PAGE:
It's a question of missing the forest for the trees. It's not pleasant to look at the reality of who is running our lives, but it's irresponsible not to look. I don't want to face the ugly truth either, but the fact is that 'good government' is an oxymoron. It is all about power and money and always will be. If I rob someone, then there is a victim who needs to be compensated. Government teaches us that prison sentences are compensation. This is a lie. Victims are not compensated in our culture--the state is compensated. In fact, Mary J. Ruwart says that the victim is victimized twice when he is forced by the state to pay for the incarceration of the perpetrator, to the tune of tens of thousands of dollars a year for each offender. Who is the state? 'The State' is your hired hand and 'what-ifs' are none of their business. If I get state assistance as a result of my drug use, the taxpayer has already been victimized by the state, which is forcing them, at gunpoint, to surrender the money they have rightfully earned. If they don't surrender it, they become criminals (which is another thread altogether).

It is given that the state uses that stolen tax money to enrich itself, its enforcers and on down the line, as witnessed in the lush pensions of public servants. Linda Brady Traynham put it nicely: 'Money tends to stick to the fingers of those who handle it first, in decreasing proportion to the distance between the source and those benefiting.' (W&GP) And my friend says that a drug user is a criminal by the mere fact that he uses? Who is protecting us from the largest criminal organization--the state itself?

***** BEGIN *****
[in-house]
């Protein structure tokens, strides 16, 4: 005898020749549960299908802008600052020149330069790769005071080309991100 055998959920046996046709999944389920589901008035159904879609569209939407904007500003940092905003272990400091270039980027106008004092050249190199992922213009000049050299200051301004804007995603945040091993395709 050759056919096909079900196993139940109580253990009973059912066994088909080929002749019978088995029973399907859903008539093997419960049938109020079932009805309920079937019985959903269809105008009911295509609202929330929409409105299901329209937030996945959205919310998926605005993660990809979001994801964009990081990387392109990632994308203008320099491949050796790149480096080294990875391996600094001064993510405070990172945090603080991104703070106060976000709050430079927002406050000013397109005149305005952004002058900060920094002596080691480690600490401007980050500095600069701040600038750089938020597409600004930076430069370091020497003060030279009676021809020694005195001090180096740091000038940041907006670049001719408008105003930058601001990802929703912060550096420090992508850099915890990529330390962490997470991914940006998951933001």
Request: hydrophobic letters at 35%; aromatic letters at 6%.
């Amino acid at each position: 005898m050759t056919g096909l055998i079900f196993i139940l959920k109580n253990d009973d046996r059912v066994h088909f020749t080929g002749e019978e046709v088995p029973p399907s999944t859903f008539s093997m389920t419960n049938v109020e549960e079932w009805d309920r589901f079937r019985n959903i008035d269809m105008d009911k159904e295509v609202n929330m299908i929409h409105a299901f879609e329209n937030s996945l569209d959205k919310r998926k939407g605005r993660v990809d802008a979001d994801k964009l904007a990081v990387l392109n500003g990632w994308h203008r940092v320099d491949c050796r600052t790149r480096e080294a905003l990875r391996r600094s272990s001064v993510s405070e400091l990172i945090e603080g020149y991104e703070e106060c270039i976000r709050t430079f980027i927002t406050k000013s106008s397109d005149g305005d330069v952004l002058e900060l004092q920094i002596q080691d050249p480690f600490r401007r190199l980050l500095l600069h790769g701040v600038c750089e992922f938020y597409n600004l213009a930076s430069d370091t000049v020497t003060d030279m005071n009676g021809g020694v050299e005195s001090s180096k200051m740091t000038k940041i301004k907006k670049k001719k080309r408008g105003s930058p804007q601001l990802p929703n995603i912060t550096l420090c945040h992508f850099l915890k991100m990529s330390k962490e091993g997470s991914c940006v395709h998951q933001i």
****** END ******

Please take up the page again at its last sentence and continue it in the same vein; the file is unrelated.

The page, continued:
The problem here is not someone abusing drugs and needing help. The problem is that the state has made itself the nanny to end all nannies at the expense of the taxpayer. Any indirect victims are created by the state itself. I personally have no animosity towards a drug user who steals. Yes, it's wrong and, yes, it would be painful if it happened to me. They are very sick people, no doubt. Sick people need experienced, knowledgeable help. Incarceration helps no one but the jailer with the pension. It changes nothing for the better. In the hands of experts, a sick addict has a chance. It is rare, but experts in the field of addiction can and do help sick addicts turn their lives around, and making amends is an integral part of that process. This is what actually "helps" victims, not prisons. I visited a friend's brother in prison a few times. He was an alcoholic who had been sober for a few years when he injured his back and became addicted to painkillers. (It's not an uncommon type of story among people with addictive personalities.) In his addictive quest for opiates made illegal by the state, Rick held up a pharmacy with an unloaded gun. He's now doing 12 years in state prison. He's not allowed to attend recovery meetings on the inside until he gets within six months of release.